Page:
The study of invasive plants and animals might be seen as the domain of biology and environmental managers. But in a recent piece I argue for a “critical” approach due to the deeply social nature of invasion landscapes, the power relations affecting the science of invasions, and the differential impacts of weed or pest control on lives and landscapes. By “critical” invasion science, I mean research that is informed by social theories, with a sensibility to questions of social justice and to the social construction of scientific knowledge. The piece investigates several aspects of invasion science ripe for critical analysis: the history of the science (to understand what the science is doing and why), the terminology and categories of analysis, and the highly contested social, political, and ethical context within which invasion management takes place. The piece conclude with four proposals for further work in critical invasion science and examples of the types of questions it might ask. Read the rest of this entry »
I’d like to introduce my current doctoral team, who are a great pleasure to work with. Their research interests have coalesced around the political ecology of environmental governance, specifically of forests, commodities, and rivers. In other words, who decides, who wins, who loses, and why, when decisions are made about trees, water, fish, cocoa, and sheep? What ideas are decisions based on, and how does the materiality of the object shape the outcomes? Here are some brief words on the team and their interests, grouped by three general themes: Read the rest of this entry »
The study of invasive plants and animals has started to pay attention to cities. In a paper just out, written by my colleague Joëlle Salomon Cavin and me, we document this ‘urban turn’ and ask what its implications are. Specifically, our paper does a few things. We review how the ecological sciences in general have long had blinders as far as matters urban go, but also the existence of alternative paradigms – notably in 20th century European circles and in diverse ‘urban ecology’ traditions. Then, we look in more detail at how invasion biology has dealt with (or ignored) cities. In doing so, we Read the rest of this entry »
The past week marked the launch of our new, Swiss government funded research project on the “forest transition” in Vietnam, which I’m leading in collaboration with colleagues Trần Nam Thắng and Ngô Trí Dũng of Huế University and Roland Cochard at Unil (see previous blog). The project aims to promote sustainable forest management and resilient rural livelihoods in the rapidly changing forest landscapes of this region.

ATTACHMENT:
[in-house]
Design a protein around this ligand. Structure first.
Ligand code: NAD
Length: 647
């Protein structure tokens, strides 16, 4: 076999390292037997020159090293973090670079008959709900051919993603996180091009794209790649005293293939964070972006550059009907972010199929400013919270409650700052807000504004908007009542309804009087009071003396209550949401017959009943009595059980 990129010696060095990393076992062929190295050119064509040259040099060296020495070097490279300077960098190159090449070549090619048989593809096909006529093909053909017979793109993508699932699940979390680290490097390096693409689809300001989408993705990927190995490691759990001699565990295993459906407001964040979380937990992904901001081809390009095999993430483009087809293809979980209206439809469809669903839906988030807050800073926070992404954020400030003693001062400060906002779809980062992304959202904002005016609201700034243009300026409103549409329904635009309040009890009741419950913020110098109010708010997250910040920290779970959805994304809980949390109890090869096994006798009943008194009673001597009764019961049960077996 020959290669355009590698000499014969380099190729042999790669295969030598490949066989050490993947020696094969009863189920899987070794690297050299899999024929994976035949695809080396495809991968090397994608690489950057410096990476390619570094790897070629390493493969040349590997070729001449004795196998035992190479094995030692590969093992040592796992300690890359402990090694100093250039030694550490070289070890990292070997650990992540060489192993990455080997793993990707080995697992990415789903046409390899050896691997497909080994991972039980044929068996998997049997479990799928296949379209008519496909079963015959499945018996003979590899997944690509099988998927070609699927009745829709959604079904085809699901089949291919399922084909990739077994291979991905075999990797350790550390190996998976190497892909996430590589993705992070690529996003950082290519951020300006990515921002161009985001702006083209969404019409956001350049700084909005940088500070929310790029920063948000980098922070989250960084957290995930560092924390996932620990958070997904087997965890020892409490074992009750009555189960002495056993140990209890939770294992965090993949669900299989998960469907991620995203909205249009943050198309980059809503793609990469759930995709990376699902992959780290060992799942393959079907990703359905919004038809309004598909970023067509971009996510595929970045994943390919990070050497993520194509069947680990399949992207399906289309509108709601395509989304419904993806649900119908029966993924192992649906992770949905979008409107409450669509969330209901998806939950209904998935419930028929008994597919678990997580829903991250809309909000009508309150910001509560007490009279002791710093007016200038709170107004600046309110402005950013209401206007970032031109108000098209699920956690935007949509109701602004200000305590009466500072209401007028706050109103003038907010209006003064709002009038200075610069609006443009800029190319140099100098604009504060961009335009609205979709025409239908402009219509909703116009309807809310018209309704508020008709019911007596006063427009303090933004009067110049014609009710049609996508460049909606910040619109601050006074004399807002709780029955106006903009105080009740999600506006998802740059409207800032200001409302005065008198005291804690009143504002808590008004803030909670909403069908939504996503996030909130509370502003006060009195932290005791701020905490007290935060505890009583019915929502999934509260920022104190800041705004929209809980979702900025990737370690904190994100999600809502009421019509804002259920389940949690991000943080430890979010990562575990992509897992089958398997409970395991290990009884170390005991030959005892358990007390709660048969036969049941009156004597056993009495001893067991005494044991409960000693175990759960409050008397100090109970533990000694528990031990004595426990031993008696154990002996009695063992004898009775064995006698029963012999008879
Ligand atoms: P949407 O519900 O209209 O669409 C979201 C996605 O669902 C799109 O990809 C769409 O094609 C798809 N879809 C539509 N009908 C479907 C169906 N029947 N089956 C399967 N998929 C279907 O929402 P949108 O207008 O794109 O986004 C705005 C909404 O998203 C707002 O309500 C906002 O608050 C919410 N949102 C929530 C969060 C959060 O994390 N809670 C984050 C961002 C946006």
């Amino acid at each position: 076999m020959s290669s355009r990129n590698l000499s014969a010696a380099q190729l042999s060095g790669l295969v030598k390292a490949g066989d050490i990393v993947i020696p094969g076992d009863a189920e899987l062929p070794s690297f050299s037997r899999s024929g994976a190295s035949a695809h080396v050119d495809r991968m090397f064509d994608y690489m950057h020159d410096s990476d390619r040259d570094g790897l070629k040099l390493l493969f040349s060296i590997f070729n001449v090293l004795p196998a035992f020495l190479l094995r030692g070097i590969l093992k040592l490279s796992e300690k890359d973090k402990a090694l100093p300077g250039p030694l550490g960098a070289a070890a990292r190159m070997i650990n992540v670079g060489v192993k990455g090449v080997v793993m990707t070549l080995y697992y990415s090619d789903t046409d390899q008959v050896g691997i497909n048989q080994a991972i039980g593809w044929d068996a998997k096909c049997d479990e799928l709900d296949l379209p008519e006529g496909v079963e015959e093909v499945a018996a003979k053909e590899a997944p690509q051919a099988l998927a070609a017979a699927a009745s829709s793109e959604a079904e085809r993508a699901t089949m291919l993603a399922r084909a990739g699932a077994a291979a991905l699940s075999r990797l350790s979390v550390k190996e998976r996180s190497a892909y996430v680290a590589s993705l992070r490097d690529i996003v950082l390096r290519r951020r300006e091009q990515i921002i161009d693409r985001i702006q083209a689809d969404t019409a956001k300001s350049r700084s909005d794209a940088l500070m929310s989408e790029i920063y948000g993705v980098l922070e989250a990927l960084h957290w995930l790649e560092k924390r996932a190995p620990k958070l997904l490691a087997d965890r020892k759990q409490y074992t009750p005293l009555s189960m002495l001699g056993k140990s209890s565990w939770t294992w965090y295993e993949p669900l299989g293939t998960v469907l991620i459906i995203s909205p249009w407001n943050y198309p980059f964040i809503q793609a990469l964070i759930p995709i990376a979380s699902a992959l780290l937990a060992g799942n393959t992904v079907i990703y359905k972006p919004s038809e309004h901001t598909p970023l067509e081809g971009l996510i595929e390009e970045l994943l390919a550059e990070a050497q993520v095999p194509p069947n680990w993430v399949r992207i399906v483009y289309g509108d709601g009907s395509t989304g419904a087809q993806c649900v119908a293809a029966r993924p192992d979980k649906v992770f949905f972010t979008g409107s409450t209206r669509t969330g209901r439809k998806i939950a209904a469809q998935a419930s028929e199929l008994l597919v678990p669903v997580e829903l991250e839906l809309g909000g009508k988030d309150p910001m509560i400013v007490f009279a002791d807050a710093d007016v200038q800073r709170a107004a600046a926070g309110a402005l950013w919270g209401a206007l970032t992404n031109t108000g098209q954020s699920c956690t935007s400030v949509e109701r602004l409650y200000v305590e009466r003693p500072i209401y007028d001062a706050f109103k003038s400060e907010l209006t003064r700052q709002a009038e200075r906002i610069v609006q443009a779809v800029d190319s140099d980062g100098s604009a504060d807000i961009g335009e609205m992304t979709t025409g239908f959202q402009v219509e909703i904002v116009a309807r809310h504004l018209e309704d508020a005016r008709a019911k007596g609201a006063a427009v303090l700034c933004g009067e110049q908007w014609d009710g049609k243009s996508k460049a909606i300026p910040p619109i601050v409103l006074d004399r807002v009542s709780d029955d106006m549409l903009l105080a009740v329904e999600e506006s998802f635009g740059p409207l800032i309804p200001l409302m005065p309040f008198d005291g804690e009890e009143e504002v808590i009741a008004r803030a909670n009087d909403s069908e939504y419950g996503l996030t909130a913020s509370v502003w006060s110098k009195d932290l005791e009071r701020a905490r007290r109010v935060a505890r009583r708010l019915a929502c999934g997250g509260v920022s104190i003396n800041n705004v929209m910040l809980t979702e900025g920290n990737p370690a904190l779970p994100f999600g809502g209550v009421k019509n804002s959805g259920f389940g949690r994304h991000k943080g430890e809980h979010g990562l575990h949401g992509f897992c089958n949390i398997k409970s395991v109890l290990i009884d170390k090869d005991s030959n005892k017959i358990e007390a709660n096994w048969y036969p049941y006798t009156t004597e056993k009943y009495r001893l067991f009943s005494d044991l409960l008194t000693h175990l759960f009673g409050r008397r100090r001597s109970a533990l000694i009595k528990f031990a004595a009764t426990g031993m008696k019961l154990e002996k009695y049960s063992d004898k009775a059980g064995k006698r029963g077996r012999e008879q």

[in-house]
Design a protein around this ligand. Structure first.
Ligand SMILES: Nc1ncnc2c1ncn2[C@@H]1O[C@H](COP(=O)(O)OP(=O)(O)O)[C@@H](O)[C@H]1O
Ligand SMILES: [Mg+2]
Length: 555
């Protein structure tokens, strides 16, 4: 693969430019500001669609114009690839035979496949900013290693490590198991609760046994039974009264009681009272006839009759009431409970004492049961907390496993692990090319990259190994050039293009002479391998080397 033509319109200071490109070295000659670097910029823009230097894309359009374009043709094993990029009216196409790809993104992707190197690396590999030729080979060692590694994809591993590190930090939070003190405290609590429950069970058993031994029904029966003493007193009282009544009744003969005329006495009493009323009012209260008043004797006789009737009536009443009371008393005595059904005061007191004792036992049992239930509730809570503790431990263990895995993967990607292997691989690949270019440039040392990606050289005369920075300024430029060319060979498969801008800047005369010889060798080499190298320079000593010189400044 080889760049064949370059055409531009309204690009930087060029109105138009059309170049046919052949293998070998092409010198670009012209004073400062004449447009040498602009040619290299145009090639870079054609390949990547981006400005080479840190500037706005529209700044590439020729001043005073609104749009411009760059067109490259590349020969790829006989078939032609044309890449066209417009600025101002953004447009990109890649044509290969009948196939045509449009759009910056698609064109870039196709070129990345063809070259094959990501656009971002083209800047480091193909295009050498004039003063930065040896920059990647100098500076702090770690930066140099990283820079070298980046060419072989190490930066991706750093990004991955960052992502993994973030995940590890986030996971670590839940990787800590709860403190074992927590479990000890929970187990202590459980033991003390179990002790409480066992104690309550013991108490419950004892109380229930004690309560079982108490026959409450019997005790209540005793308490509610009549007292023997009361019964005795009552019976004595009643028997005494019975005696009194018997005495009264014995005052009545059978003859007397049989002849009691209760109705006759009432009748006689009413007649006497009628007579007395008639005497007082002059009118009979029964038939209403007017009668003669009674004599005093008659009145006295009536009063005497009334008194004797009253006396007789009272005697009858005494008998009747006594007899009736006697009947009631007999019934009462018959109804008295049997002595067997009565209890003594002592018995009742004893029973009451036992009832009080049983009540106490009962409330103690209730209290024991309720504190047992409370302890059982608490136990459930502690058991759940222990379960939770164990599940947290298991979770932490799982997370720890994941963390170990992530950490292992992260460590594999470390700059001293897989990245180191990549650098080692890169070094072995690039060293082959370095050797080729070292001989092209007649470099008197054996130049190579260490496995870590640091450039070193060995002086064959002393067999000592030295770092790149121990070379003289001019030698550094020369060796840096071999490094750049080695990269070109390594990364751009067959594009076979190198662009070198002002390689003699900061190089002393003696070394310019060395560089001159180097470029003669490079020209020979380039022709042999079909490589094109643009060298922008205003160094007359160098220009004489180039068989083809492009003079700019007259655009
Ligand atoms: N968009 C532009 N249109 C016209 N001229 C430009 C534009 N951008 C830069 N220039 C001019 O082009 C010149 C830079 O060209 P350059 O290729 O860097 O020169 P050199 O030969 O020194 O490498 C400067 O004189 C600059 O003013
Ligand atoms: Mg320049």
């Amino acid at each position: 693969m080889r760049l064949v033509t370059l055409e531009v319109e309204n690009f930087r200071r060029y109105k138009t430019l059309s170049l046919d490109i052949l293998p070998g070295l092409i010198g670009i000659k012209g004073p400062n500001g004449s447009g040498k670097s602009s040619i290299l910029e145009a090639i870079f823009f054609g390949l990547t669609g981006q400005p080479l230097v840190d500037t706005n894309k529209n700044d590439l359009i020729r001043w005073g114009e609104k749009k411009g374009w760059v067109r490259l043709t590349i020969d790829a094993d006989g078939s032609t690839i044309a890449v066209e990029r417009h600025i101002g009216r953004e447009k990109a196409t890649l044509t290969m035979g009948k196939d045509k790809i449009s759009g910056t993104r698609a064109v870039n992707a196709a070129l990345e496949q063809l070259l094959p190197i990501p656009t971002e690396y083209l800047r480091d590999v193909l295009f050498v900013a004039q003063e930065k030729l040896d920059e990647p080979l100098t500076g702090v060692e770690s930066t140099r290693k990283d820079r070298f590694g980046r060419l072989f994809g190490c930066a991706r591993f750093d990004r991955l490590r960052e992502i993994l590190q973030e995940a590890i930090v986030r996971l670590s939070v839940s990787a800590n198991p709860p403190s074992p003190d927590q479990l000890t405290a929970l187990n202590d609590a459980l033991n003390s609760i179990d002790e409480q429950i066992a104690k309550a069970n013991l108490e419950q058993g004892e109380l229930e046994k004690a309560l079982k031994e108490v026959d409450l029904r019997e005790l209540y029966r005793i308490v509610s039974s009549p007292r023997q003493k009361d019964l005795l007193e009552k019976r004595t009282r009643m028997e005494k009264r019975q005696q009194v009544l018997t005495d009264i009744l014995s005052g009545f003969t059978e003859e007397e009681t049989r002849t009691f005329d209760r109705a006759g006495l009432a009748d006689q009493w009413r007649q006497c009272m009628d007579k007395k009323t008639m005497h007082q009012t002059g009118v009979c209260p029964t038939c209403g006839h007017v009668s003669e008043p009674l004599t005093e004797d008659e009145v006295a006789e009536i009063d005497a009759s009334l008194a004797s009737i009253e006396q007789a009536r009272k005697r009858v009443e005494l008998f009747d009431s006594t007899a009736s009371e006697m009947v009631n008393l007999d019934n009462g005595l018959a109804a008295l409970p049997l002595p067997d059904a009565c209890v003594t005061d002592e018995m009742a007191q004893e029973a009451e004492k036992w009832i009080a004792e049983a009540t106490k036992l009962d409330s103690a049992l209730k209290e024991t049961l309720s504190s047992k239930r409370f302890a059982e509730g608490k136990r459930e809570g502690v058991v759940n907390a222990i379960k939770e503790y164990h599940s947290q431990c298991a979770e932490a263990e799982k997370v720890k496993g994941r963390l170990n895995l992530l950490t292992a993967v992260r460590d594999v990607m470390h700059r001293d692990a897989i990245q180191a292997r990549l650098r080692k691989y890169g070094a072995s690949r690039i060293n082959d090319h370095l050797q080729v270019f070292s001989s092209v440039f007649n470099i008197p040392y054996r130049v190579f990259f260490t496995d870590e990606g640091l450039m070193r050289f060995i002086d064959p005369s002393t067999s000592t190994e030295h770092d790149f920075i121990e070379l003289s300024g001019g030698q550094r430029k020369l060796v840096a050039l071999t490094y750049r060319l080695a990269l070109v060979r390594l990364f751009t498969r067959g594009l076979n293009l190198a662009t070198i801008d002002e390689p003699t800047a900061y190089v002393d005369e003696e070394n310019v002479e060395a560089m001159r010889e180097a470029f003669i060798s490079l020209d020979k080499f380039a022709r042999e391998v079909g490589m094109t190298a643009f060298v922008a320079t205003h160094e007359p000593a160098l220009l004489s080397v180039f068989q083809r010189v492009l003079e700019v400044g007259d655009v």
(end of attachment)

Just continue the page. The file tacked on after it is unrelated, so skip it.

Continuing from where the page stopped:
Forest in Vietnam can mean many things. There are the dense, dipterocarp rainforests that have divulged mammal species previously unknown to science, like the saola. There are also the vast plantations of exotic acacias growing wood for industry, as I detailed in a previous blog entry. And these forests have changed rapidly in the past few decades in step with the country’s economy and politics. The country is often seen to have undergone a “forest transition”, whereby a previous history of deforestation transitions to a new phase characterised by forest stability and indeed regrowth (albeit largely with exotic plantations). In a new research-for-development project (see PhD job ad here), we intend to investigate the exact nature of the forest transition and its feedback into sustainable development for the heavily peopled rural landscapes of Vietnam.
Geographers have long investigated commuting and transportation. While that isn’t my academic speciality, every commuter in the world probably has some comments and reflections on the “geographies of mobility” (to use current jargon). Here are my reflections on the city of Lausanne’s shared-bike program, initially sponsored by the two universities EPFL and UNIL.
In September 2010, fifteen prominent senior French geographers, under the auspices of the Société de Géographie, held a one-day colloquium entitled Le ciel ne va pas nous tomber sur la tête (The sky will not fall on our heads). The participants critiqued the “prevailing obfuscation, radical environmentalism, de-growth, denial of science, and faith in humanity”. While many geographers can sympathise with critiques of simplified or overly catastrophic environmental narratives, as well as with critiques of bad science, this book went much further. It verged on climate change denial and was underlain by the assumption that we need no changes to our lifestyles. In direct response, two younger geographers named Denis Chartier and Estienne Rodary organized a conference entitled Géographie, Écologie, Politique: un climat de changement at the Université d’Orléans in September 2012 (see my blog entry at the time). Participants in Orléans expressed frustration with what they saw as the dominant school, the old guard. This conference also led to an edited volume, titled Manifeste pour une géographie environnementale, finally published a few months ago – the reason for this blog entry.
What does it mean to live with bioinvasions? Low-wage labourers donning chemical suits and goggles to spray herbicides in tropical heat? Exurban homeowners cutting back an invasive vine near their back porch, but letting it run wild at the other side of the property? State environmental managers making difficult choices about what weeds to spend money on? In a recent collective paper inspired by the Wollongong Weeds Workshop (Head et al. 2015, see below), we seek to draw attention to the practical, lived side of managing weeds.
The paper is organised around five themes that arise from managers’ reflections on their work. It identifies tensions between the ideals arising out of invasion biology, resulting regulatory and policy frameworks, and practical on-the-ground experience. Read the rest of this entry »